If you have trouble sticking to a goal, visual cues can help. For example, personal finance writer Trent Hamm suggests using graph paper to mark your progress.
Photo by PicJumbo.
Visual cues or triggers work because they make your goal more tangible. It's gratifying to know you packed a lunch and saved some cash, but it's even more gratifying to actually see this progress being made - it's why gamification is so effective. Hamm explains his visualisation strategy for savings goals:
I'd take a piece of graph paper with 100 squares by 100 squares on it and I'd simply mark out one of those squares every time I did something that saved $10 and I put that $10 aside in an account somewhere. Whenever that account earned $10 in interest or dividends or growth, I'd add another square. Then, over time, I can watch that square fill in... One little square. You can fill in that square countless times in a given week, and with each little square you fill in, your success grows larger and the distance you still have to go grows smaller.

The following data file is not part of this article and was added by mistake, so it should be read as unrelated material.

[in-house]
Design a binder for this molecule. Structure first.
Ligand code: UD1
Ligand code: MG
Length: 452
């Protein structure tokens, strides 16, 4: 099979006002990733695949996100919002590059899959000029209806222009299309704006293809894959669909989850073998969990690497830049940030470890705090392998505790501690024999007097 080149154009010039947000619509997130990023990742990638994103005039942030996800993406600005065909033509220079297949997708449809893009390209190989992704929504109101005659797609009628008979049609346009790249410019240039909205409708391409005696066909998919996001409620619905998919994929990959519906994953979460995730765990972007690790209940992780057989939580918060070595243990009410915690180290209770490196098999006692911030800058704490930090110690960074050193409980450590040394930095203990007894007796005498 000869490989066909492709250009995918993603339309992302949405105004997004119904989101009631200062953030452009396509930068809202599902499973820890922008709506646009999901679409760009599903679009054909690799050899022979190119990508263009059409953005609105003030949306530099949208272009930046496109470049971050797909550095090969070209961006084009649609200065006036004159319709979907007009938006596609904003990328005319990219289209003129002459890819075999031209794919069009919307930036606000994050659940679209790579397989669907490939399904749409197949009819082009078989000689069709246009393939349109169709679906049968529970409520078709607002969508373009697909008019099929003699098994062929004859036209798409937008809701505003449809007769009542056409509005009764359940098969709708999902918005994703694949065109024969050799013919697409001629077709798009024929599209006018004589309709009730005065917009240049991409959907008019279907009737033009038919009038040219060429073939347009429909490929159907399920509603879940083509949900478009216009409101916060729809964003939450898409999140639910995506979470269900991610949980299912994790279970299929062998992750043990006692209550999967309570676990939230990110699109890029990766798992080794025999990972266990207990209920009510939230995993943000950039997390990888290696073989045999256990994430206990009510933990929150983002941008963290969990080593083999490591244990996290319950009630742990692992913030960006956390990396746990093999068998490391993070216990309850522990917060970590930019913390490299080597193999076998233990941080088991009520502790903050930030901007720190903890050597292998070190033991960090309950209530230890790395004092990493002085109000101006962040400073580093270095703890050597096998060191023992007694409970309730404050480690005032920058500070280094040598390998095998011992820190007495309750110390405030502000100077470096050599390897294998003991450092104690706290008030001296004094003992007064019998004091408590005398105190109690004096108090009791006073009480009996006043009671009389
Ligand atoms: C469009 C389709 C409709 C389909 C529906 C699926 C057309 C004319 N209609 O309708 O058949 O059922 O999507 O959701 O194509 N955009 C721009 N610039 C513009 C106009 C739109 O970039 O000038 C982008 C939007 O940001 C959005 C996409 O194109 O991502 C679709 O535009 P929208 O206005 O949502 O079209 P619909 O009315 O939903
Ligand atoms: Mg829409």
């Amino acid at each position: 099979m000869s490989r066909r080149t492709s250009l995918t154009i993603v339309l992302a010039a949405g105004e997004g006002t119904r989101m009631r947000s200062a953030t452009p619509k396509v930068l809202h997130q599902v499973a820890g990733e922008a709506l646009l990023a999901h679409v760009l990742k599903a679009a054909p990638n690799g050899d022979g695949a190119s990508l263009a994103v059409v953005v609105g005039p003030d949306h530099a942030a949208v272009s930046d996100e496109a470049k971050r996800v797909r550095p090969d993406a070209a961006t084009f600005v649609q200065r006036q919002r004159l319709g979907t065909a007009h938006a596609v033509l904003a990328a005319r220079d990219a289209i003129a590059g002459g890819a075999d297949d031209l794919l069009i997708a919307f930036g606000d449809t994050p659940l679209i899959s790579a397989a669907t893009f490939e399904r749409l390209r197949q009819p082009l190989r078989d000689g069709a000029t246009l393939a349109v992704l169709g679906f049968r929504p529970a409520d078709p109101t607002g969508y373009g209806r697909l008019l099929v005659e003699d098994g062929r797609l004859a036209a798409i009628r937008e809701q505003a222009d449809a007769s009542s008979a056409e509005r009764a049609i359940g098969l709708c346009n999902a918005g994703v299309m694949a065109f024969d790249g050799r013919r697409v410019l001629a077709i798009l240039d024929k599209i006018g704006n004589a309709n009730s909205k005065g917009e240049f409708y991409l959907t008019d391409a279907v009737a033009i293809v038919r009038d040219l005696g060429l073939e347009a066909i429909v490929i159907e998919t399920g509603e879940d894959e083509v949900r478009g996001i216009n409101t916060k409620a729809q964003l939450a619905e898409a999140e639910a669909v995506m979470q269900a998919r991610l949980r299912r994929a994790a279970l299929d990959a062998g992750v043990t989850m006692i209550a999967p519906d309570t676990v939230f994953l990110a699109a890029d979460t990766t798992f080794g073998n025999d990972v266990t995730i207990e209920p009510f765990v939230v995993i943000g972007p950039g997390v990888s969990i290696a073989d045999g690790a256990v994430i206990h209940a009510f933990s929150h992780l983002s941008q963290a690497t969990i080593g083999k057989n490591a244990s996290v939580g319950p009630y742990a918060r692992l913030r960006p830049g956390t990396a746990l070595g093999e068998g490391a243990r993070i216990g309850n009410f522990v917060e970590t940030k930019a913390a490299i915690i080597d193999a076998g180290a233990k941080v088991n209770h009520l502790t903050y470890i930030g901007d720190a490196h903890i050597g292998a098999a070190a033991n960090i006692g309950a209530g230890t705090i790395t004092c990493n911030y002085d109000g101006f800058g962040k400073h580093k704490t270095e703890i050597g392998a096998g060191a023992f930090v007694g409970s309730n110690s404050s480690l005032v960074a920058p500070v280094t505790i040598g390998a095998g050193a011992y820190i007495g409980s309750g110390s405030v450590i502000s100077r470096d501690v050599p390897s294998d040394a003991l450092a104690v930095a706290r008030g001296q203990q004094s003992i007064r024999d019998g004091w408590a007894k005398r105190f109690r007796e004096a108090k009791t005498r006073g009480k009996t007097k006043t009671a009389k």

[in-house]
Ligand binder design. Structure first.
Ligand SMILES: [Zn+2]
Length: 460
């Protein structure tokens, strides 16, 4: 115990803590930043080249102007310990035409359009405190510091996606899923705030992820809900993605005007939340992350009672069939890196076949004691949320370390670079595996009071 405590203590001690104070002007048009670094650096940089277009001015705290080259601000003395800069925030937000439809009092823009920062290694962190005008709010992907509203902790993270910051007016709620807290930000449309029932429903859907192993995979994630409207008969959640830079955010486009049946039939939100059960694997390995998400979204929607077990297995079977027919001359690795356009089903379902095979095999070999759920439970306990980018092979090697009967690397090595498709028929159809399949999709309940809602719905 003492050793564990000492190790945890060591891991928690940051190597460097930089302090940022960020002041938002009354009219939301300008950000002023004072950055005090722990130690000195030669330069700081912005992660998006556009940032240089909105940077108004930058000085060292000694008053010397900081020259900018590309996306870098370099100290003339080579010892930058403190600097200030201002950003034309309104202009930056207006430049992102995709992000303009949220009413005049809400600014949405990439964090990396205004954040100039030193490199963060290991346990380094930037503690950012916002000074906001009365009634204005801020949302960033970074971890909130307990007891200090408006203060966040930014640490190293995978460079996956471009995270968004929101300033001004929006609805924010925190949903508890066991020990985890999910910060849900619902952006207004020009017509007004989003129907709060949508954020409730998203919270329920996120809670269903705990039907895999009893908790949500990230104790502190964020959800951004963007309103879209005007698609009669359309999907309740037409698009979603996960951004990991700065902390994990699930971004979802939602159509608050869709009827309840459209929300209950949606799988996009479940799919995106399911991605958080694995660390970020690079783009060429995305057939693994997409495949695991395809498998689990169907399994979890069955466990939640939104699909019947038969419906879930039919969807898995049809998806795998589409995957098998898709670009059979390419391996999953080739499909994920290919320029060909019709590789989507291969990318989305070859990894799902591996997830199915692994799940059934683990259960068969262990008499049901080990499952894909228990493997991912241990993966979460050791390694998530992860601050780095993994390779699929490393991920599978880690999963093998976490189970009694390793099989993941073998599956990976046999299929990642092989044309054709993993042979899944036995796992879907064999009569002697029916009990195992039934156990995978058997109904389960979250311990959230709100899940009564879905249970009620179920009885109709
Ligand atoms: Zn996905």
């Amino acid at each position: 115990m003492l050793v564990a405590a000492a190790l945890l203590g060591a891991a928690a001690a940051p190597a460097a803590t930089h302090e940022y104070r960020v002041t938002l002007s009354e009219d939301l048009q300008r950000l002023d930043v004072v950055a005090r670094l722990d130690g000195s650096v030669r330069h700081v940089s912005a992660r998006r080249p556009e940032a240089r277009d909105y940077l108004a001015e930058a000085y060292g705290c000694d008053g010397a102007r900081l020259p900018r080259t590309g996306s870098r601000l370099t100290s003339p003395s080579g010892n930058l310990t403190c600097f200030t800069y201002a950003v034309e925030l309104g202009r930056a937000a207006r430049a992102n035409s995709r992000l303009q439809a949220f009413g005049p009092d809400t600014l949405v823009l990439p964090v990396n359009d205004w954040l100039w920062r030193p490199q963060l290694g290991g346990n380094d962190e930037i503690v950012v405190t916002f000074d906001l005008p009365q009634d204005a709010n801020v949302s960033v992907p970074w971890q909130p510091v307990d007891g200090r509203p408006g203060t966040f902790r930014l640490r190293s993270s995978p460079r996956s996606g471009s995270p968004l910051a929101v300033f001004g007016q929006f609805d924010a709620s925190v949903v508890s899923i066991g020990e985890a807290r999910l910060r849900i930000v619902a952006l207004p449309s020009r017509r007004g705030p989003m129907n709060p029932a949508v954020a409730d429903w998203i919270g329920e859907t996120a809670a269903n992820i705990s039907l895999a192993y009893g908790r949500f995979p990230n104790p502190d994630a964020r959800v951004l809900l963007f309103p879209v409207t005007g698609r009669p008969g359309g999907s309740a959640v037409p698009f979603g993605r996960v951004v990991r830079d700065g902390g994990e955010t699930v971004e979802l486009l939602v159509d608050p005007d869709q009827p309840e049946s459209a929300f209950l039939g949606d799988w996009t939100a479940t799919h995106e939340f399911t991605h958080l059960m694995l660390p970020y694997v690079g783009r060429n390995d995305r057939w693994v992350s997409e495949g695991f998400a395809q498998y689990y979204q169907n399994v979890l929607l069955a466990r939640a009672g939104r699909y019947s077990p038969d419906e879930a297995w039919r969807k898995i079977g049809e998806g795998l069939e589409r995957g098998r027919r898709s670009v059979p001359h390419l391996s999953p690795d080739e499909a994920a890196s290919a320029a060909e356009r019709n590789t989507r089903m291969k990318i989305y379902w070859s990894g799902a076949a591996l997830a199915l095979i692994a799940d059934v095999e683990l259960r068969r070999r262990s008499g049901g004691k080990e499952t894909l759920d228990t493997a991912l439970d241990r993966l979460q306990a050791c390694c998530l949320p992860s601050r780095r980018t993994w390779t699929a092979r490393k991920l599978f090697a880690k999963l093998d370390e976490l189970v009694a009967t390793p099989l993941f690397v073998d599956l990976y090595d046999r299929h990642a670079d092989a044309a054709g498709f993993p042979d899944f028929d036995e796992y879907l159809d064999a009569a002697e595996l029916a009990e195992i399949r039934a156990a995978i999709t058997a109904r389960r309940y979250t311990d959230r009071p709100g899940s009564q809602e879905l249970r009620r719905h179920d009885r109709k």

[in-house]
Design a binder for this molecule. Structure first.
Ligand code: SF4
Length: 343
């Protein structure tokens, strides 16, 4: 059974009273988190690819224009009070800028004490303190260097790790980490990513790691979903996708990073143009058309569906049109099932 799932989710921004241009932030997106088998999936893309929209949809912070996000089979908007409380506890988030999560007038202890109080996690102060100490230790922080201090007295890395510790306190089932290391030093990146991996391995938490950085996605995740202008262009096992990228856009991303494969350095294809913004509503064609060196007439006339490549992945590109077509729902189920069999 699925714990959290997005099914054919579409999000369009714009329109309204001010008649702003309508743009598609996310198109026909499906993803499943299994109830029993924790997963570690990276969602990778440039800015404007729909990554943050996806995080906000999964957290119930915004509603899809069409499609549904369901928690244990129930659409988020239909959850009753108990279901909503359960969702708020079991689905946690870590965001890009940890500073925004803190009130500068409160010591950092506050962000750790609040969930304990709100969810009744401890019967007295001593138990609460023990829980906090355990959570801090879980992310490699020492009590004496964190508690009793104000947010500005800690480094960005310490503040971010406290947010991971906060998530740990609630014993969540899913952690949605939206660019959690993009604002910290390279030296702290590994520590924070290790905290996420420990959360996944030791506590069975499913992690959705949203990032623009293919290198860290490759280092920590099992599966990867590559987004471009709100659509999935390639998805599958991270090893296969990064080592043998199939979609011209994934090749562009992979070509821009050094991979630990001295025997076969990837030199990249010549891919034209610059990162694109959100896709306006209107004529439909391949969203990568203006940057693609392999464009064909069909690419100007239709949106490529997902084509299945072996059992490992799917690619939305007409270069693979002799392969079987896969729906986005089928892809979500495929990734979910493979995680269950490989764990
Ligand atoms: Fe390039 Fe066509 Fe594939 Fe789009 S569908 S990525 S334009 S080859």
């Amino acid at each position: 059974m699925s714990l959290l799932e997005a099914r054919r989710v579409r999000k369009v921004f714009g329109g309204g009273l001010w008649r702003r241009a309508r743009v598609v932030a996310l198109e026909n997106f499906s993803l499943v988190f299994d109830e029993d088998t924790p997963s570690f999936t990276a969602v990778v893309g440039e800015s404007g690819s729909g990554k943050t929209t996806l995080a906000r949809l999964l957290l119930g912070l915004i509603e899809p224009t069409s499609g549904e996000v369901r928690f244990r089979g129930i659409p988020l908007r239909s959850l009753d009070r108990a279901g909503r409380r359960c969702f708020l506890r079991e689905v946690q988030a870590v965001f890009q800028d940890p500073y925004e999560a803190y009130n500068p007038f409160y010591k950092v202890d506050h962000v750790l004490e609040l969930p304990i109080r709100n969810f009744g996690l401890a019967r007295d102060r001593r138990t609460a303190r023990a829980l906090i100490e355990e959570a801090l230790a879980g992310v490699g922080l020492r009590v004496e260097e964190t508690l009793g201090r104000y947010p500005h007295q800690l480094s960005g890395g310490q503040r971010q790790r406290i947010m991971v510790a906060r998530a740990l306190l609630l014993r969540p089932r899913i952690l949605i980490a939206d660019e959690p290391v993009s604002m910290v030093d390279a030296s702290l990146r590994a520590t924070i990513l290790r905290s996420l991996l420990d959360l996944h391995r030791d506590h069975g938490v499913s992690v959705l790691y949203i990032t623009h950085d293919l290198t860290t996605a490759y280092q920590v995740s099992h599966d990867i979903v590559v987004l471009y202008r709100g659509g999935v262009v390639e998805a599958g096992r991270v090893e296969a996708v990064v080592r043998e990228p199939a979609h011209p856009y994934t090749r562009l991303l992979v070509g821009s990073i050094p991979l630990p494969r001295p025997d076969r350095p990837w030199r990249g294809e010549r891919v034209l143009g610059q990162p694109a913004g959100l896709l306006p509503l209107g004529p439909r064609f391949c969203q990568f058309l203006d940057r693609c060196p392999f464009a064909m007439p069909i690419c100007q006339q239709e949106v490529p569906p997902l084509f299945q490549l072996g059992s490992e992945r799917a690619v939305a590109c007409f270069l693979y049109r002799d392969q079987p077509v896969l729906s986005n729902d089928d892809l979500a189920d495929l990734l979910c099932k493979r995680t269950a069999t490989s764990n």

It seems kind of silly, but little tricks like these work because they make your goal less vague and more present. If you find it hard to keep up with a savings habit, it's certainly worth a try - it will only cost you a sheet of graph paper.
Check out Hamm's full post at the link below.
One Little Square [The Simple Dollar]
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